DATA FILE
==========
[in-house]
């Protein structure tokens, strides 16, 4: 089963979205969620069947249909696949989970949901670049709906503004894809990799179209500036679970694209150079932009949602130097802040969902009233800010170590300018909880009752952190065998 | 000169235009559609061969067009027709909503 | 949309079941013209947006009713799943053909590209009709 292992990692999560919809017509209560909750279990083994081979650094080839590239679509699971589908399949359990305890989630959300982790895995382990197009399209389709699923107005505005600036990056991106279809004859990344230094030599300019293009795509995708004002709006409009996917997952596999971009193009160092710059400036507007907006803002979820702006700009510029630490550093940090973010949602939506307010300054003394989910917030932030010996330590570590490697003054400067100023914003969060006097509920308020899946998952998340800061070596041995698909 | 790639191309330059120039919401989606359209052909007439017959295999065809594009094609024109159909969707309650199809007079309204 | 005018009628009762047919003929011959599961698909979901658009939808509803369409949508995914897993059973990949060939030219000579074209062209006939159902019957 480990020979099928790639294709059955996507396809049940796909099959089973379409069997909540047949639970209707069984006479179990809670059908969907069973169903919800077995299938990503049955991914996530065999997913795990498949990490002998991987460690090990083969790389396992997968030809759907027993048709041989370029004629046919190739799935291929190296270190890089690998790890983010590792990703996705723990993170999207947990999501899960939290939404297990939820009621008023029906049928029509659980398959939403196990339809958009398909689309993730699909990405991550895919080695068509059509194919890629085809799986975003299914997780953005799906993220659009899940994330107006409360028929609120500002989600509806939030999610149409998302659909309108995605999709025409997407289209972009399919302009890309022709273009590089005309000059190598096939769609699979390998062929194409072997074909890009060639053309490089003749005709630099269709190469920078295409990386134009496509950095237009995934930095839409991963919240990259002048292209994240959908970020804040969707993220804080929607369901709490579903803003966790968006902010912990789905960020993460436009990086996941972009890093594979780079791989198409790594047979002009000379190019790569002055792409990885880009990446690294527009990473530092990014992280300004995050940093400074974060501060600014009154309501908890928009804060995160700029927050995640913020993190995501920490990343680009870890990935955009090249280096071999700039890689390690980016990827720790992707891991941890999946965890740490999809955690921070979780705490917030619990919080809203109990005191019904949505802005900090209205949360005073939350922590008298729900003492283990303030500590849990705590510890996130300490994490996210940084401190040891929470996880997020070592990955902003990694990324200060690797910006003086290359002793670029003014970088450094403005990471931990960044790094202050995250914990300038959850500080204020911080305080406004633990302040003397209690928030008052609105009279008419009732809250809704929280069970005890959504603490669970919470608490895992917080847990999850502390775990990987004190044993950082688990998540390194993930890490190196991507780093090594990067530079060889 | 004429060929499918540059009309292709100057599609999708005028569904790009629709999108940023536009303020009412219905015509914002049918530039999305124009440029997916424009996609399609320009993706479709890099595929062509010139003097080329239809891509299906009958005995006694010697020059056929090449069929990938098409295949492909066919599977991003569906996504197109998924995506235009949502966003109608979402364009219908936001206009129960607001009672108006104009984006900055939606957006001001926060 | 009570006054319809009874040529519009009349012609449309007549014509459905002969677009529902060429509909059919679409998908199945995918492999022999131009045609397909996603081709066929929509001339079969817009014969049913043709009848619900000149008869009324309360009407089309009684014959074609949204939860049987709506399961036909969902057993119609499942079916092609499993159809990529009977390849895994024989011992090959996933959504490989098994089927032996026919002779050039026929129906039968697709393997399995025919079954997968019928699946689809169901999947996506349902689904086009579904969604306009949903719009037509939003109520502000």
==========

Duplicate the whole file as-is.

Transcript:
[in-house]
């Protein structure tokens, strides 16, 4: 089963979205969620069947249909696949989970949901670049709906503004894809990799179209500036679970694209150079932009949602130097802040969902009233800010170590300018909880009752952190065998 | 000169235009559609061969067009027709909503 | 949309079941013209947006009713799943053909590209009709 292992990692999560919809017509209560909750279990083994081979650094080839590239679509699971589908399949359990305890989630959300982790895995382990197009399209389709699923107005505005600036990056991106279809004859990344230094030599300019293009795509995708004002709006409009996917997952596999971009193009160092710059400036507007907006803002979820702006700009510029630490550093940090973010949602939506307010300054003394989910917030932030010996330590570590490697003054400067100023914003969060006097509920308020899946998952998340800061070596041995698909 | 790639191309330059120039919401989606359209052909007439017959295999065809594009094609024109159909969707309650199809007079309204 | 005018009628009762047919003929011959599961698909979901658009939808509803369409949508995914897993059973990949060939030219000579074209062209006939159902019957 480990020979099928790639294709059955996507396809049940796909099959089973379409069997909540047949639970209707069984006479179990809670059908969907069973169903919800077995299938990503049955991914996530065999997913795990498949990490002998991987460690090990083969790389396992997968030809759907027993048709041989370029004629046919190739799935291929190296270190890089690998790890983010590792990703996705723990993170999207947990999501899960939290939404297990939820009621008023029906049928029509659980398959939403196990339809958009398909689309993730699909990405991550895919080695068509059509194919890629085809799986975003299914997780953005799906993220659009899940994330107006409360028929609120500002989600509806939030999610149409998302659909309108995605999709025409997407289209972009399919302009890309022709273009590089005309000059190598096939769609699979390998062929194409072997074909890009060639053309490089003749005709630099269709190469920078295409990386134009496509950095237009995934930095839409991963919240990259002048292209994240959908970020804040969707993220804080929607369901709490579903803003966790968006902010912990789905960020993460436009990086996941972009890093594979780079791989198409790594047979002009000379190019790569002055792409990885880009990446690294527009990473530092990014992280300004995050940093400074974060501060600014009154309501908890928009804060995160700029927050995640913020993190995501920490990343680009870890990935955009090249280096071999700039890689390690980016990827720790992707891991941890999946965890740490999809955690921070979780705490917030619990919080809203109990005191019904949505802005900090209205949360005073939350922590008298729900003492283990303030500590849990705590510890996130300490994490996210940084401190040891929470996880997020070592990955902003990694990324200060690797910006003086290359002793670029003014970088450094403005990471931990960044790094202050995250914990300038959850500080204020911080305080406004633990302040003397209690928030008052609105009279008419009732809250809704929280069970005890959504603490669970919470608490895992917080847990999850502390775990990987004190044993950082688990998540390194993930890490190196991507780093090594990067530079060889 | 004429060929499918540059009309292709100057599609999708005028569904790009629709999108940023536009303020009412219905015509914002049918530039999305124009440029997916424009996609399609320009993706479709890099595929062509010139003097080329239809891509299906009958005995006694010697020059056929090449069929990938098409295949492909066919599977991003569906996504197109998924995506235009949502966003109608979402364009219908936001206009129960607001009672108006104009984006900055939606957006001001926060 | 009570006054319809009874040529519009009349012609449309007549014509459905002969677009529902060429509909059919679409998908199945995918492999022999131009045609397909996603081709066929929509001339079969817009014969049913043709009848619900000149008869009324309360009407089309009684014959074609949204939860049987709506399961036909969902057993119609499942079916092609499993159809990529009977390849895994024989011992090959996933959504490989098994089927032996026919002779050039026929129906039968697709393997399995025919079954997968019928699946689809169901999947996506349902689904086009579904969604306009949903719009037509939003109520502000």